Imagine three circles forming a target. The outer ring is the “what:” it’s who you are, what you do, the thing you sell. The middle ring is the “how:” the unique way you go about it. The third ring is the “why:” it’s the purpose behind the action, your most powerful creed.
This is the Golden Circle, thought leader Simon Sinek’s model for why people are loyal to the products, organizations, and individuals they follow. His TED Talk, “How great leaders inspire action,” has shaped the way I lead my businesses and ministry, even my own home. When you lead with your “why,” Sinek says, you build something longstanding.
Think about all the innovators and game-changers throughout history – Dr. Martin Luther King, Jr., Steve Jobs, Mother Teresa. People followed their movements, or bought their products, because they were connected to their “why.” Dr. King didn’t just march; he had a dream. Jobs didn’t sell the iPhone; he bought the future. Mother Teresa gave up all and gained an international response. In the end, it wasn’t about what these individuals did or how they did it. It was about the “why.”
In the same way, if we want to create lasting, diverse communities, we have to start with the “why.”
I’ve seen diversity become this popular thing in our culture. We’re all for Black Lives Matter – we got the sticker, we wear the t-shirt, we post the long Facebook statuses and share clickbait on Twitter. And while these are not bad things in themselves, trends and feelings will never be enough to forge change. You see, people only go as far as the masses go. But the real breakthroughs in life happen when you move beyond the well-worn path.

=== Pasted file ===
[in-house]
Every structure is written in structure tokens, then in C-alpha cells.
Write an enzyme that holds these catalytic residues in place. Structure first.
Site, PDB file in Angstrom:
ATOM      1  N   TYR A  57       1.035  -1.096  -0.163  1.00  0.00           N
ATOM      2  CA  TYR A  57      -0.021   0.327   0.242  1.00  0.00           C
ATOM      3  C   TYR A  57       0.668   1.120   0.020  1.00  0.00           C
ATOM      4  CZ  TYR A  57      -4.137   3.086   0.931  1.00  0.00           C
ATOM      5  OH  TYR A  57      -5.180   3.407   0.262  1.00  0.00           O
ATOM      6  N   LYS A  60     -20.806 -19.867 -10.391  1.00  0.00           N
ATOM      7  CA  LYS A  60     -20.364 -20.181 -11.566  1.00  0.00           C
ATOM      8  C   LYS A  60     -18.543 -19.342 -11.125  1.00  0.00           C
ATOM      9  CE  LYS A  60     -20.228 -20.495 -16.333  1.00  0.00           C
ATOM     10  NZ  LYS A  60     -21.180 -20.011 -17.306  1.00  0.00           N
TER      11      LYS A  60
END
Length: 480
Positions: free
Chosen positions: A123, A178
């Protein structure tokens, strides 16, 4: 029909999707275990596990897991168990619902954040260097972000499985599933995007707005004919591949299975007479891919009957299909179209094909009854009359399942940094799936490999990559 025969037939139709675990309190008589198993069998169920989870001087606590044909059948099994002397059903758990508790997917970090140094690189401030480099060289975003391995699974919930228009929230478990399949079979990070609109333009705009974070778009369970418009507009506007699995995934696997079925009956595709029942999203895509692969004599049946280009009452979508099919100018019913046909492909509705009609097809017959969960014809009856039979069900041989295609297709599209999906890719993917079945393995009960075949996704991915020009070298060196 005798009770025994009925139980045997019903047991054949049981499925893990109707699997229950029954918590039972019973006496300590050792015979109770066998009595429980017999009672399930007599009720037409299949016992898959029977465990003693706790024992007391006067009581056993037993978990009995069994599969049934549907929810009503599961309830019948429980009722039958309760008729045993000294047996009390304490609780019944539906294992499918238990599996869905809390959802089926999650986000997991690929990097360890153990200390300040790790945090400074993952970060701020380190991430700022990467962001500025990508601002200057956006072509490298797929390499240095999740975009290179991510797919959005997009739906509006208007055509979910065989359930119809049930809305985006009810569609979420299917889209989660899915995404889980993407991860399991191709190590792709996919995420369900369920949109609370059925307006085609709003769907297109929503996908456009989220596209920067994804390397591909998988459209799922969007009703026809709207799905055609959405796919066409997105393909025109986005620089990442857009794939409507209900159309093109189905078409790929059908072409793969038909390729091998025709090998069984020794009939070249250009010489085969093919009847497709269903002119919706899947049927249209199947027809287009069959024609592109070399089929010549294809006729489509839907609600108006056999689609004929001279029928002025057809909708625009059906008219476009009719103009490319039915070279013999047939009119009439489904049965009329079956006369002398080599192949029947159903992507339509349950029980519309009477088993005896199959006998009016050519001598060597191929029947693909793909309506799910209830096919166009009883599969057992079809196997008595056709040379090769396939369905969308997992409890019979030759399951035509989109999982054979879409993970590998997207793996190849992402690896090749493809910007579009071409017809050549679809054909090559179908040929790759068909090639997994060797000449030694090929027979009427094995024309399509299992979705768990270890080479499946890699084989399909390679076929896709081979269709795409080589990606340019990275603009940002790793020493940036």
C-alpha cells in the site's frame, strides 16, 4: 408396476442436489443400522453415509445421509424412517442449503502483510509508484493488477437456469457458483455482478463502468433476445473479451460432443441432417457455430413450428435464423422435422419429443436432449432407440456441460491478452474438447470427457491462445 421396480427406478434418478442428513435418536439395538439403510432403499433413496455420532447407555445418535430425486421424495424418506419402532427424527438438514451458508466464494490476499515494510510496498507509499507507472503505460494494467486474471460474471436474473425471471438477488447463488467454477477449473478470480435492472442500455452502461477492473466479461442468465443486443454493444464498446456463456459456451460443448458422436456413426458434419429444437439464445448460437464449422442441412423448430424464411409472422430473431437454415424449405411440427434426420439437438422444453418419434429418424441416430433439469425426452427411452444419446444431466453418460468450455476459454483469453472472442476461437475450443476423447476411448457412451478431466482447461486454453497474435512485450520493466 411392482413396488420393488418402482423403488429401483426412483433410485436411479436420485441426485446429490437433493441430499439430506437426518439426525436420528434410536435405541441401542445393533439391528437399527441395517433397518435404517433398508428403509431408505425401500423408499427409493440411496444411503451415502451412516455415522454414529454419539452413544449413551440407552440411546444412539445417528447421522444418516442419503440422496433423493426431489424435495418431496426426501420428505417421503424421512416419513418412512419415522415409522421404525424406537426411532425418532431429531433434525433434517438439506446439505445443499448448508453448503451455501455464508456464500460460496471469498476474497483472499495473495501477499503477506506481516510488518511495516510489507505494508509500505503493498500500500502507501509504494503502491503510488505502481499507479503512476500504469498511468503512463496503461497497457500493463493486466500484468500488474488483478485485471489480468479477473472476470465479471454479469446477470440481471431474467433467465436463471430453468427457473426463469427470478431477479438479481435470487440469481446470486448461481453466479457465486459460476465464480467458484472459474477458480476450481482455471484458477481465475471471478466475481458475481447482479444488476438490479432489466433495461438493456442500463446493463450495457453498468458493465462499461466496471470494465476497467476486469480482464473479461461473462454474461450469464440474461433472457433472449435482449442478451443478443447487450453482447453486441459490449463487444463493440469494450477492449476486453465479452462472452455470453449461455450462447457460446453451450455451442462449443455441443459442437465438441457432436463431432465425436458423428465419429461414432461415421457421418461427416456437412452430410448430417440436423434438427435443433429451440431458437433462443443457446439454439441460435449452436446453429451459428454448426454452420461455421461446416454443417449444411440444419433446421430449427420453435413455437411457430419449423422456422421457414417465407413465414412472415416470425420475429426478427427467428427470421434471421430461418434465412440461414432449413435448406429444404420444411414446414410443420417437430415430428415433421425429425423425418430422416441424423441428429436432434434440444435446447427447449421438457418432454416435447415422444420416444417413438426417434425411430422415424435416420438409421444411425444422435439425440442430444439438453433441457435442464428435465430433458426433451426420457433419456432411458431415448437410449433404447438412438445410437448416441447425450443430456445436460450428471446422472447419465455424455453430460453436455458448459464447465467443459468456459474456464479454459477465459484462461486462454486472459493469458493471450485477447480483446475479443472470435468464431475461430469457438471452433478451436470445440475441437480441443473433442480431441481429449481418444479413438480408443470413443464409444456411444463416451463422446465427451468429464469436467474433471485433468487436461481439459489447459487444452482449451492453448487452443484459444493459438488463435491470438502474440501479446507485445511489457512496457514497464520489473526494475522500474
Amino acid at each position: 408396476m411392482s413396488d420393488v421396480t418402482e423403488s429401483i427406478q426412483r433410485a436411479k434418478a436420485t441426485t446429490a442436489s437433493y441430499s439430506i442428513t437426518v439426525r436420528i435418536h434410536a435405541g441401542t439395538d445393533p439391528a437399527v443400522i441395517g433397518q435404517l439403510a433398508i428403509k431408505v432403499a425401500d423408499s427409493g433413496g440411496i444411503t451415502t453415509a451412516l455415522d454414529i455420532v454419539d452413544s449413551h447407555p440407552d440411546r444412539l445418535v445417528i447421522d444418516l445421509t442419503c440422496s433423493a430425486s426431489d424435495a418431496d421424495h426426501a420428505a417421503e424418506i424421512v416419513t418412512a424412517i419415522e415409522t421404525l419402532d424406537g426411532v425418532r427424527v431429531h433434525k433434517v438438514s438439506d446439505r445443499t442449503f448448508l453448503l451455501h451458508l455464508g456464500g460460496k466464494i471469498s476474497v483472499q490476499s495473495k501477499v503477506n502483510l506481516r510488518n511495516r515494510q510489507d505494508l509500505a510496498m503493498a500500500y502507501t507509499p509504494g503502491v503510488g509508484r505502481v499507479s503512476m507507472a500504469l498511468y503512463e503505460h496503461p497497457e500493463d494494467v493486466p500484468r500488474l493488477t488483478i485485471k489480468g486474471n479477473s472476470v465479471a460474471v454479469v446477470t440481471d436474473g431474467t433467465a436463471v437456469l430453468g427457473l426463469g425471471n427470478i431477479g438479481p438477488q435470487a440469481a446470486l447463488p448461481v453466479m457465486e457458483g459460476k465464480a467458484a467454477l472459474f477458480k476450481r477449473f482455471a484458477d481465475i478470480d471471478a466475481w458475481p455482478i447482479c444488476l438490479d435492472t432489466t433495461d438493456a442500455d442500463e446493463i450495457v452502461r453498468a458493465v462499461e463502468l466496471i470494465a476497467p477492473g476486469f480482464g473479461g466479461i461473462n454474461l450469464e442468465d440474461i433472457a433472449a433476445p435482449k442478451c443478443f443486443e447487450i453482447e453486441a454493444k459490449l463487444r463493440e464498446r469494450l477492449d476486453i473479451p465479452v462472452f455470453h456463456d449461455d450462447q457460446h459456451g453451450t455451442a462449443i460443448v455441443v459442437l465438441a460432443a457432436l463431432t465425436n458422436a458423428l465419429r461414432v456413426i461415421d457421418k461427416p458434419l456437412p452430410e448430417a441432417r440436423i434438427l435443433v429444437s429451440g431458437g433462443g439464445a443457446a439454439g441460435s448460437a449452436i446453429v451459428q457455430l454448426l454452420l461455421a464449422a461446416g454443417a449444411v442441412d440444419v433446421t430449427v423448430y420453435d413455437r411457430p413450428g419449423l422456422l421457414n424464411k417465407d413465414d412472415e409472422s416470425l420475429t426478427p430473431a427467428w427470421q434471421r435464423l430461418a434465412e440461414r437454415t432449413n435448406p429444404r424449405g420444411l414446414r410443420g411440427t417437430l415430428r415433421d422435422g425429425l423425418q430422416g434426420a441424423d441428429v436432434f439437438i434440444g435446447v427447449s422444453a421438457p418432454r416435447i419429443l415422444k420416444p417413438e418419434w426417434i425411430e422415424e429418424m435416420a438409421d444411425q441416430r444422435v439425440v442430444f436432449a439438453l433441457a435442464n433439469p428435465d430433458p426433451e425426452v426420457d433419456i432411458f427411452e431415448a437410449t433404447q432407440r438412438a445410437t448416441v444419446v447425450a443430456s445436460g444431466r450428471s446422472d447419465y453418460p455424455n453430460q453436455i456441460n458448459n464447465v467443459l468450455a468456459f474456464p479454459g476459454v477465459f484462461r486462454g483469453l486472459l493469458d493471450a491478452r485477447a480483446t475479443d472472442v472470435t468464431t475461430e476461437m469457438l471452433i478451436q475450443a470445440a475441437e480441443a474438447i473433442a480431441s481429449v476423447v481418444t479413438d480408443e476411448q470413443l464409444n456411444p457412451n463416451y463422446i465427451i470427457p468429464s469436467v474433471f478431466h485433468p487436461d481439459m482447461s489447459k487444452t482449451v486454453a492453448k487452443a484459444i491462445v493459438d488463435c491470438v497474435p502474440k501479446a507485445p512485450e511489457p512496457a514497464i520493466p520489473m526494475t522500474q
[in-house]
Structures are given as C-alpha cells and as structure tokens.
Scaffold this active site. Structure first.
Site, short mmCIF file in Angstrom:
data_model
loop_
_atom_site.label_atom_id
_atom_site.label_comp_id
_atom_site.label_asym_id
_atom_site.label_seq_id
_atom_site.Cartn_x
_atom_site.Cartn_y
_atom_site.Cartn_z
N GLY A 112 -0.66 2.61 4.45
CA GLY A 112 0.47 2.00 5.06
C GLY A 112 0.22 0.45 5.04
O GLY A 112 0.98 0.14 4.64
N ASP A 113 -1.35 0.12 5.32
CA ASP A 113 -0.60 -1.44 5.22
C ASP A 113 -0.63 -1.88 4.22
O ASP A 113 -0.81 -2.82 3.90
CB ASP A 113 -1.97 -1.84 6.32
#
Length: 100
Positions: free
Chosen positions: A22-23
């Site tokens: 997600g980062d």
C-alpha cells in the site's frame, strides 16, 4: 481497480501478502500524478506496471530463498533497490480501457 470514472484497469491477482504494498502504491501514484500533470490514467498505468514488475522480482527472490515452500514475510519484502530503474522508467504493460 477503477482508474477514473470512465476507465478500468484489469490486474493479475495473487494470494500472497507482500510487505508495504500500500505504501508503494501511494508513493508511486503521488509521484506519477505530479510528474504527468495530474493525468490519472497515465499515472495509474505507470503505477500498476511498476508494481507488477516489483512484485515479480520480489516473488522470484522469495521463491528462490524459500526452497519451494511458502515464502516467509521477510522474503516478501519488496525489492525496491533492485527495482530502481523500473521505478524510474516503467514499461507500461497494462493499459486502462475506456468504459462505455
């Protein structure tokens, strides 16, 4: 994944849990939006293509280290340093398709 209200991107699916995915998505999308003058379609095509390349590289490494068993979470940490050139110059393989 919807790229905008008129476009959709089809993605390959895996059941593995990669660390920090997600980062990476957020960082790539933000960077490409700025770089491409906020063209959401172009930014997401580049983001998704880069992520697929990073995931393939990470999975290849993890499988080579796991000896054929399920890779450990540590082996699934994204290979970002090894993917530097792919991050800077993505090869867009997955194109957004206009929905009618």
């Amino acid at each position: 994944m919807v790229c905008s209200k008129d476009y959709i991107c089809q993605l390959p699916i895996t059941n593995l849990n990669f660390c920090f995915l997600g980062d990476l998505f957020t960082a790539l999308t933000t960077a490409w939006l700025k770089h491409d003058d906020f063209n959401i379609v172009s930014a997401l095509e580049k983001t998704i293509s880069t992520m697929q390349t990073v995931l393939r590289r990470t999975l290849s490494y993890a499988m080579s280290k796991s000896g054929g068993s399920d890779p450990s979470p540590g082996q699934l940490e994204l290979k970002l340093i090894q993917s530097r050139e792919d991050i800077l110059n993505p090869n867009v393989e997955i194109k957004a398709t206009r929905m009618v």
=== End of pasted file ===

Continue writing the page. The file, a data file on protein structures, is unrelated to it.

Other times, I’ve noticed white guilt become the driving force behind diversity. But I believe there’s a difference between guilt and conviction. Guilt demands a price, a great price, and one that may not even be yours alone to pay. Conviction is the call forward. It’s the strength to look brokenness full in the face and not be overwhelmed. Conviction births change.
“For the kind of sorrow God wants us to experience leads us away from sin and results in salvation. There’s no regret for that kind of sorrow. But worldly sorrow, which lacks repentance, results in spiritual death.” (New Living Translation, 2 Cor. 7:10)
Diversity is not a commodity. The pursuit of it has cost many their jobs, finances, relationships, and even their lives. If we truly want to build diverse communities in our neighborhoods and cities, our “why” must be rooted enough to sustain the sacrifice.
So what is our “why?” Reconciliation – that is the heart of the gospel.
Look at the Bible. It is the story of how sin and death separated us from our Father and in His incredible love for us He sent His one and only Son to tear down the great divide and bring us back to Him. Jesus became the bridge between heaven and Earth. In defeating death, He made a way for us to be saved. Reconciliation is our “why” because it is the very heart of God. It’s the forefront of His ministry. It’s what He does.
Be honest with yourself – what is your reason for building diverse communities? Does your “why” align with God’s? If this is not the case, go to Him in prayer and ask your Father to give you a new “why.” The Bible says, “Keep on asking, and you will receive what you ask for.” (Matt. 7:7)
If you are a follower of Jesus, be encouraged! Just as your Savior has reconciled you to Him, so should you lead with reconciliation. Start with the “why,” and build something long-lasting.